A firefighter who fell 200 feet during a recreational climb on Mount Rainier (search) died before frantic rescuers could reach him.

Jon Cahill, 40, a fire captain and father of four, fell to his death Thursday, about two weeks after another person perished on the same route, one of the mountain's most dangerous.

Cahill's climbing partner, Mark H. Anderson, 33, was rescued by helicopter and flown to a hospital for treatment of a hand injury. He was in satisfactory condition late Thursday.

Cahill fell on Liberty Ridge, about 11,300 feet up the 14,410-foot peak.

Rescue climbers and an Oregon National Guard (search) helicopter rushed to reach him, but by the time the helicopter arrived, he was dead, said Mount Rainier National Park (search) spokesman Barry Fraissinet.

Cahill and Anderson, also both trained as emergency medical technicians, had planned to reach the summit by midmorning Thursday. It was not immediately known what caused Cahill's fall.

Kimberly McDonald, a spokeswoman for the Auburn Fire Department, said Cahill had climbed Rainier 25 times. He was married with four children and had been with the department since 1989.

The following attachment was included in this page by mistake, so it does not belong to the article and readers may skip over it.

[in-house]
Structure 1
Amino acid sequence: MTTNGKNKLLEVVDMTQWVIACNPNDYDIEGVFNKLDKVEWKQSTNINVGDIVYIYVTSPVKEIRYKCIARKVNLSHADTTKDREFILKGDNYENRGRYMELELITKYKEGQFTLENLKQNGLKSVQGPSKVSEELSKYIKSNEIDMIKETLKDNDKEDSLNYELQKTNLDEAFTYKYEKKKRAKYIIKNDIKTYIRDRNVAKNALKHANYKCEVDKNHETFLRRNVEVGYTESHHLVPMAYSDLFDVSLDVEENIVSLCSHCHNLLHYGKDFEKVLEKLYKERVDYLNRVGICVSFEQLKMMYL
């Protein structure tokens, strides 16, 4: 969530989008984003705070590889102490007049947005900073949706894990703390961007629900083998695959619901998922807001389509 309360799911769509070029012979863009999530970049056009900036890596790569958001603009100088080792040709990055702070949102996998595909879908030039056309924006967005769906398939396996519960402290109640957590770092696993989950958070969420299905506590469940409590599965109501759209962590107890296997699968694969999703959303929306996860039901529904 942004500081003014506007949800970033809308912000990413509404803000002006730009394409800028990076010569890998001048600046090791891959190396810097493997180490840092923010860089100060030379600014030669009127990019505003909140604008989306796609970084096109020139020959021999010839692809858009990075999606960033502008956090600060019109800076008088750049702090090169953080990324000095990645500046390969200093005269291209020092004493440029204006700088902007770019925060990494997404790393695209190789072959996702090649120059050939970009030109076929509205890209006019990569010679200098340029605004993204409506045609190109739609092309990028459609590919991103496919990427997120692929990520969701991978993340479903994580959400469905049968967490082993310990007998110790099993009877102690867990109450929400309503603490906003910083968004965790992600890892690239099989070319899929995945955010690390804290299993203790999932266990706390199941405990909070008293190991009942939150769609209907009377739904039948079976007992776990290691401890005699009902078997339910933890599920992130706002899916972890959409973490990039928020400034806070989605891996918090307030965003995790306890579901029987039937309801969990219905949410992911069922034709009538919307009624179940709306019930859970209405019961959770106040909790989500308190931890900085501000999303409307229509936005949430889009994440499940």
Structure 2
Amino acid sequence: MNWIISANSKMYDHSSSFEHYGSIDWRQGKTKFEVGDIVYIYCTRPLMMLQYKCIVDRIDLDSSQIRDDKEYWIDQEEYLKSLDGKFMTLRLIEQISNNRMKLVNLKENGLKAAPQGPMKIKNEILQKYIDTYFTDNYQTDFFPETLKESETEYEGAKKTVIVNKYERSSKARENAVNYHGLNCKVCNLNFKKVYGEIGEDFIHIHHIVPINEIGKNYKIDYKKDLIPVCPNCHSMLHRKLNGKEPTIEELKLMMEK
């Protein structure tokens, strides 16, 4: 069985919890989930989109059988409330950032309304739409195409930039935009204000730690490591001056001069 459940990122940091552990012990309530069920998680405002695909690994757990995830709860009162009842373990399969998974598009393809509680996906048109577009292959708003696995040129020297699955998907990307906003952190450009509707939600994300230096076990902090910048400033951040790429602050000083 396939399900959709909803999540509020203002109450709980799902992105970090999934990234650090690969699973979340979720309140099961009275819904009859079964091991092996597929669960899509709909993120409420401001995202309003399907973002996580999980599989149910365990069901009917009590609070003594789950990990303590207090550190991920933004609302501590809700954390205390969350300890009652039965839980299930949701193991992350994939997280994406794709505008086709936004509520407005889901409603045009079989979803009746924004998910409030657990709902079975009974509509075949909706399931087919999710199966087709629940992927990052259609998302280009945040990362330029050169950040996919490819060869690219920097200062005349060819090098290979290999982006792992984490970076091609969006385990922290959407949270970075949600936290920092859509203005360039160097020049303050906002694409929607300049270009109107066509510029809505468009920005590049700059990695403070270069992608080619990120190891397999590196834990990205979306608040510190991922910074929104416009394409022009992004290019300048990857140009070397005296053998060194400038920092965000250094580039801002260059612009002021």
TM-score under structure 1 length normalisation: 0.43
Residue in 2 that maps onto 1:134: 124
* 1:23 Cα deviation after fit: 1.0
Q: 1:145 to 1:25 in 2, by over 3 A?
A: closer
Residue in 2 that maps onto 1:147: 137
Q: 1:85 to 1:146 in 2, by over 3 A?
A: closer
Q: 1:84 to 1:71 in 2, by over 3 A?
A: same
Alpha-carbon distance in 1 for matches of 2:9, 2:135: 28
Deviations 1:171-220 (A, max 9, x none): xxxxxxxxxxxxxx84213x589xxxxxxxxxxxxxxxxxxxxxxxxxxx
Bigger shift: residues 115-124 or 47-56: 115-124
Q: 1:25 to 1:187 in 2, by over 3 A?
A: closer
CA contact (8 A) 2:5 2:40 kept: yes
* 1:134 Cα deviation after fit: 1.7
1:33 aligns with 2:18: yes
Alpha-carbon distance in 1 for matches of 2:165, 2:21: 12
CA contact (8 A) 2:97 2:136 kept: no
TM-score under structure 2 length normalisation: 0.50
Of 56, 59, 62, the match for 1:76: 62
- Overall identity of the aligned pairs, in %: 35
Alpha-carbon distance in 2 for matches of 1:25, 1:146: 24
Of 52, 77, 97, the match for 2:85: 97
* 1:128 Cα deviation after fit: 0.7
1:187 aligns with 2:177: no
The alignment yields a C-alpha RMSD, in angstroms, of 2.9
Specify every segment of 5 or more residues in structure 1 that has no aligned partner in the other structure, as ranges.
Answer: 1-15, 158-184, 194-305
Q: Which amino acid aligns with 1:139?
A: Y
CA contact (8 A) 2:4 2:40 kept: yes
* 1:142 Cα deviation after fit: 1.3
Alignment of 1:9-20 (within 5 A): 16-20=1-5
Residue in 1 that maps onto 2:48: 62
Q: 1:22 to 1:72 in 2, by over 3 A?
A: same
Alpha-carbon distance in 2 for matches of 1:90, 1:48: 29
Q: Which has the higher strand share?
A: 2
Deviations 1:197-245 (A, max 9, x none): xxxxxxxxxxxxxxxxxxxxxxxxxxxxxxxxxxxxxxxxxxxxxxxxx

"He was like a family member to all of us," she said.

Mount Rainier head ranger Jill Hawk said Cahill had climbed the Liberty Ridge route on Rainier's north side more than a half dozen times.

"Our hearts go out to their families," she said. "It's truly a tragic situation."

On May 15 on the same ridge, Peter Cooley tumbled down a steep, icy slope and hit his head on a rock spur. His climbing partner, Scott Richards, maneuvered the two of them to a tiny flat spot, but the Maine men were stranded for two days as temperatures dipped below freezing in whiteout conditions.

Cooley, 39, was picked up by a National Guard helicopter May 17 from the 12,300-foot level but died on the way to a hospital. Accompanied by two rangers, Richards hiked down to a glacier the following day and was picked up by a helicopter.

Cahill's death during a summit ascent of Mount Rainier was the 91st since 1887, when records were first kept.